Q: Tell us about the Artist’s Area and the Flow and Fire Area.

A: The Flow and Fire Area is once again manned this year – or should I say womanned – by our good friend Ann Virginia [Ann Winnard] of Over the Moon Productions.  Annie and all her crew are going to be there – spinning fire – spinning LEDs – and they invite people to bring their own toys and participate. You just need to sign a little waiver-thing.

We are also going to have the vendors area in a new spot this year – they will be right out there in the middle of everything – outside of the music area but also very much within earshot of the music. Everything is very close together this year, and the vendors will not be sequestered away in a separate building.

Right next to that will be the Art Tent, and a friend that we designated the Waccamaw getaway Festival’s artist superhero – Stephen Rullo – is going to make sure that the art tent is doing what it’s supposed to do, which is basically be a zone for artists who will come in and listen to the music and spend part of their day creating art live on the spot – painting and whatever. We have a limited number of art spaces – and just like we did last year, we gave them out to artists for free. Artists are an essential part of what we’re doing, and yet how many artists do you know that have any money.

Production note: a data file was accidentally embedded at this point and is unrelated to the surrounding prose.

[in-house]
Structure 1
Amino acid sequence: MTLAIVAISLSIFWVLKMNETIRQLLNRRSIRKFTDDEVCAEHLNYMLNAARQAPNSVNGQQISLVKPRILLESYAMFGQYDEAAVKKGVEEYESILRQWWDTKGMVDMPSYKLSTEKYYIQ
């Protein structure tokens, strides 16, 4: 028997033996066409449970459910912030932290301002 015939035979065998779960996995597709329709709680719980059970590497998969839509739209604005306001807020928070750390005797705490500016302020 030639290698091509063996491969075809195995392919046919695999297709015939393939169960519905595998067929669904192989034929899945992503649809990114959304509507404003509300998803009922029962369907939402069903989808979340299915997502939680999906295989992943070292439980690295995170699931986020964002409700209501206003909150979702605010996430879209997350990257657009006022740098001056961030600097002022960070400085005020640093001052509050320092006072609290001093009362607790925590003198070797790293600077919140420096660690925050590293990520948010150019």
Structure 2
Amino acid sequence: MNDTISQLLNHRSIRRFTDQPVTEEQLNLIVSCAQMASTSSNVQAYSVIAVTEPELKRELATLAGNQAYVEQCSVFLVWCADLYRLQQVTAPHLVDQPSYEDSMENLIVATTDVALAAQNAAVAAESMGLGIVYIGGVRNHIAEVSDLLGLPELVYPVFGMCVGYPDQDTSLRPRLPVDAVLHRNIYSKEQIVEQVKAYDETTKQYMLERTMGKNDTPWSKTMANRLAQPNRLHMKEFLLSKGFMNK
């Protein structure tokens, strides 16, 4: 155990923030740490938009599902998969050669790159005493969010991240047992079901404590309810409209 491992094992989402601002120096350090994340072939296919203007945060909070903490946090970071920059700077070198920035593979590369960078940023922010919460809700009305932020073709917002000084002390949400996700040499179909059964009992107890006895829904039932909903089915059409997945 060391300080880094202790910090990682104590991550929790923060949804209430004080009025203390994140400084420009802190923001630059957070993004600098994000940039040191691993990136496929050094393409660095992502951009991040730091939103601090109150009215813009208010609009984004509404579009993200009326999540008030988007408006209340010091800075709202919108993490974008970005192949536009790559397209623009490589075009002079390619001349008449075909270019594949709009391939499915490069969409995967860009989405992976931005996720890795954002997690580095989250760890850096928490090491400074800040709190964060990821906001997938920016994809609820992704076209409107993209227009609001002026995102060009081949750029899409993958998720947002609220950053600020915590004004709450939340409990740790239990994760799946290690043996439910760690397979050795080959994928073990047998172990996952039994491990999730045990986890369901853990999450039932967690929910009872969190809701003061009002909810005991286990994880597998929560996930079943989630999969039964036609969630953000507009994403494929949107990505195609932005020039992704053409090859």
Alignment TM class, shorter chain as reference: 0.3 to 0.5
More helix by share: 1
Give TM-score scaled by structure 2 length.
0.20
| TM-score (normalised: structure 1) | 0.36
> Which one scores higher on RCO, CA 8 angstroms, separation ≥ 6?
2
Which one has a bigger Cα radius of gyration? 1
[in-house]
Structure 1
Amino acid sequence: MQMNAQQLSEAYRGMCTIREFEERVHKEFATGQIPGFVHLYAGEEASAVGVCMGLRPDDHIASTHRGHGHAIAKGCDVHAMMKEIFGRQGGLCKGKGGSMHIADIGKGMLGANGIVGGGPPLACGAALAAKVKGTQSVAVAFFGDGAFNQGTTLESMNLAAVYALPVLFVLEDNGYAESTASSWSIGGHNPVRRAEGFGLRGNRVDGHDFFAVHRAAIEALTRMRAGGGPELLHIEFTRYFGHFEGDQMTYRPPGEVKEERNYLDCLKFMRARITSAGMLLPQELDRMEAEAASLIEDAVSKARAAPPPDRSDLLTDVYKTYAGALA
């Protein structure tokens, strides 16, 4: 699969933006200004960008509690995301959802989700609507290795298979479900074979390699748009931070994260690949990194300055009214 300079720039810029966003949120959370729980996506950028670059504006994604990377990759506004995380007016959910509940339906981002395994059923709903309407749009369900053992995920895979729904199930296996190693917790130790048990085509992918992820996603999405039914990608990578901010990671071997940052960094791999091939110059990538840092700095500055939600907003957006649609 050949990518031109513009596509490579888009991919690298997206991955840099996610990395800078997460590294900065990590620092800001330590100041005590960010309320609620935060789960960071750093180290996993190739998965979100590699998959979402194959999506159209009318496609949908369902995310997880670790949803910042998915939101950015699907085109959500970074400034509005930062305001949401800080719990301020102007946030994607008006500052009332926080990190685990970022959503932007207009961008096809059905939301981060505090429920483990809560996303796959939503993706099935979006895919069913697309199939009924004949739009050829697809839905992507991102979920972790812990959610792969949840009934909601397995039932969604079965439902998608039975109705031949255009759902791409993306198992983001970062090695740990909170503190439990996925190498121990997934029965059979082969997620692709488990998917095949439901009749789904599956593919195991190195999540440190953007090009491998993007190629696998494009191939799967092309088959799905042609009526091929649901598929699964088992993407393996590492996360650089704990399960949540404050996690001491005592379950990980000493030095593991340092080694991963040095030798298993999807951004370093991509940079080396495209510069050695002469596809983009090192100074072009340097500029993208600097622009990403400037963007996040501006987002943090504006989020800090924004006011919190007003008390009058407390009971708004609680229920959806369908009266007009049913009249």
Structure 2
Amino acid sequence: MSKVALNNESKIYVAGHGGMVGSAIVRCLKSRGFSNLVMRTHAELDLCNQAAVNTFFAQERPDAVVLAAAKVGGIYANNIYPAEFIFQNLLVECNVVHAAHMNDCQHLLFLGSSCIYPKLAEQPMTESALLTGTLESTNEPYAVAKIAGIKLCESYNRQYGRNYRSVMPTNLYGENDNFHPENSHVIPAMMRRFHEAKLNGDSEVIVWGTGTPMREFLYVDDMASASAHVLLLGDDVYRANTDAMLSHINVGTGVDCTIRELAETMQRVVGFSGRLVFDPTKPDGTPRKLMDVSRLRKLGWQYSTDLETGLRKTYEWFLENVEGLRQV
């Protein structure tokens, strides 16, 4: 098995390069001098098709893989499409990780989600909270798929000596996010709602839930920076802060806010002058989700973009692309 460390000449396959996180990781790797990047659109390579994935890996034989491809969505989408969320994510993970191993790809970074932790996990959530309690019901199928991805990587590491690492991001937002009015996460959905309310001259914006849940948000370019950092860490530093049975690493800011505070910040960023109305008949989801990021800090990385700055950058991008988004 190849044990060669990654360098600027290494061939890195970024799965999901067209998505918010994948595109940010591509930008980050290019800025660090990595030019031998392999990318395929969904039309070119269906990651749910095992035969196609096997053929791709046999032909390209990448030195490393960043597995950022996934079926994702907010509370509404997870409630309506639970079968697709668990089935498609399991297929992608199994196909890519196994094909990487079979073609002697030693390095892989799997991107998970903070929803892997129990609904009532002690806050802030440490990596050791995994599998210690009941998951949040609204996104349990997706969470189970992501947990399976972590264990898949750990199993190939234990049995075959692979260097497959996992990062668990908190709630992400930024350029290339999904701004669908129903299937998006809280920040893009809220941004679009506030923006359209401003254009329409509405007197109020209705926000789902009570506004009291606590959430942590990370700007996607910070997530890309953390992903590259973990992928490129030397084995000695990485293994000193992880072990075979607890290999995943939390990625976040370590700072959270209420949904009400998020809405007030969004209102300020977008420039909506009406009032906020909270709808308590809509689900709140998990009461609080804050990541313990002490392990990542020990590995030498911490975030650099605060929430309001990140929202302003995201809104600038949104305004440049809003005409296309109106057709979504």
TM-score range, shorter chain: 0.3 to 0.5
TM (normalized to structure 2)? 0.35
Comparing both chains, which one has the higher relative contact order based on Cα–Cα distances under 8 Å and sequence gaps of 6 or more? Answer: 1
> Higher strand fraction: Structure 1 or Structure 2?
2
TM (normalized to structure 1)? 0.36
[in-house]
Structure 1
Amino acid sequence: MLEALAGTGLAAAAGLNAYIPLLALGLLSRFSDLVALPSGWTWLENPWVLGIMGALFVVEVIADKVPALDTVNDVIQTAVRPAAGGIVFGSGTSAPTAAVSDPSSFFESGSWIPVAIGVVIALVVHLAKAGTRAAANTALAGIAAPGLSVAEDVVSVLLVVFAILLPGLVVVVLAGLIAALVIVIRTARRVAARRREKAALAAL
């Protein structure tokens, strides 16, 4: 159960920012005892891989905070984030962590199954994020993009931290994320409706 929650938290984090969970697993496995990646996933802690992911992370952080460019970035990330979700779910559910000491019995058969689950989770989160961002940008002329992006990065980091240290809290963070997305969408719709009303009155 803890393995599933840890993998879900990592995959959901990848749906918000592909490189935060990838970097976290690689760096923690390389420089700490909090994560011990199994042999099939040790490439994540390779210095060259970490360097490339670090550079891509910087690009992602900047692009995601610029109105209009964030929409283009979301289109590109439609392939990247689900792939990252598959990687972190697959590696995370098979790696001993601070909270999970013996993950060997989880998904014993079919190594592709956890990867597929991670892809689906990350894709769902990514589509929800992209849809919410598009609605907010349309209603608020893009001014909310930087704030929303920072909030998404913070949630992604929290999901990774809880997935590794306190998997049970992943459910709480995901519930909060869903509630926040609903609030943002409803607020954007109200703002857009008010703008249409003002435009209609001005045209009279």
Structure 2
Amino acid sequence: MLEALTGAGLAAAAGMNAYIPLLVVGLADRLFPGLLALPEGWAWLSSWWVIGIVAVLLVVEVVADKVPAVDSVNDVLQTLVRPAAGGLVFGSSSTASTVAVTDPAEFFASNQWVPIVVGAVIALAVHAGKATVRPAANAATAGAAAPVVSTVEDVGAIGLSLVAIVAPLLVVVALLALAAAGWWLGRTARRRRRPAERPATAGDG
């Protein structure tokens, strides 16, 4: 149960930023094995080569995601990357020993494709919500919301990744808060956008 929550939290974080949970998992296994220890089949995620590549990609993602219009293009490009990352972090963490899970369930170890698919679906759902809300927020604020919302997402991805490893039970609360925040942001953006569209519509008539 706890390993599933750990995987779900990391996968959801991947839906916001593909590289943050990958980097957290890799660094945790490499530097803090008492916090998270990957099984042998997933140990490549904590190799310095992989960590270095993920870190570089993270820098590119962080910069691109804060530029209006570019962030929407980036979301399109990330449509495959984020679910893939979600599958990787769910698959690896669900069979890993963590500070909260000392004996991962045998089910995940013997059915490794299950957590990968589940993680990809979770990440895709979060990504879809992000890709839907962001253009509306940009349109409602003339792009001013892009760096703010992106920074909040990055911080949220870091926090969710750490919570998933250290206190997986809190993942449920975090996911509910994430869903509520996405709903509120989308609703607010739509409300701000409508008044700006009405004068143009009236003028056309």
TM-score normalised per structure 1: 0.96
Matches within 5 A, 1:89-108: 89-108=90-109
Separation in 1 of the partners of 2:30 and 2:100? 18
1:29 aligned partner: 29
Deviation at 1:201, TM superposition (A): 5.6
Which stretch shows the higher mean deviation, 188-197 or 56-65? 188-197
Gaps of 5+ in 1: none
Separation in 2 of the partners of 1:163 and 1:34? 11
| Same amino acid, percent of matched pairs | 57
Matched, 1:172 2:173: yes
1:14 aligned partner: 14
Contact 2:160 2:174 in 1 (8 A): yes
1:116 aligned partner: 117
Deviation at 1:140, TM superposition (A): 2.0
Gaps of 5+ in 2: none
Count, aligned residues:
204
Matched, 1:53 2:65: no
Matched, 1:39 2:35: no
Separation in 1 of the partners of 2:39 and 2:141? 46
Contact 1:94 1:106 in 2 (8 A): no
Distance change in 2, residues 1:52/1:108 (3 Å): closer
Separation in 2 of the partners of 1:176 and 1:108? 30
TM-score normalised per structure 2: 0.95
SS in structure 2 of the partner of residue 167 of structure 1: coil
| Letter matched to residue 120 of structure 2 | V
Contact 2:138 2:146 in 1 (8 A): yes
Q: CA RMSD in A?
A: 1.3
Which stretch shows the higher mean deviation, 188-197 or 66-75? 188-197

Waccamaw Getaway Festival Band Lineup

Q: You must have learned what worked and what didn’t work from last year.

A: We did learn a number of things, which happens when you do something for the first time and you try to do it again. We are taking those things and putting them into action this year to make it just a better experience for everybody.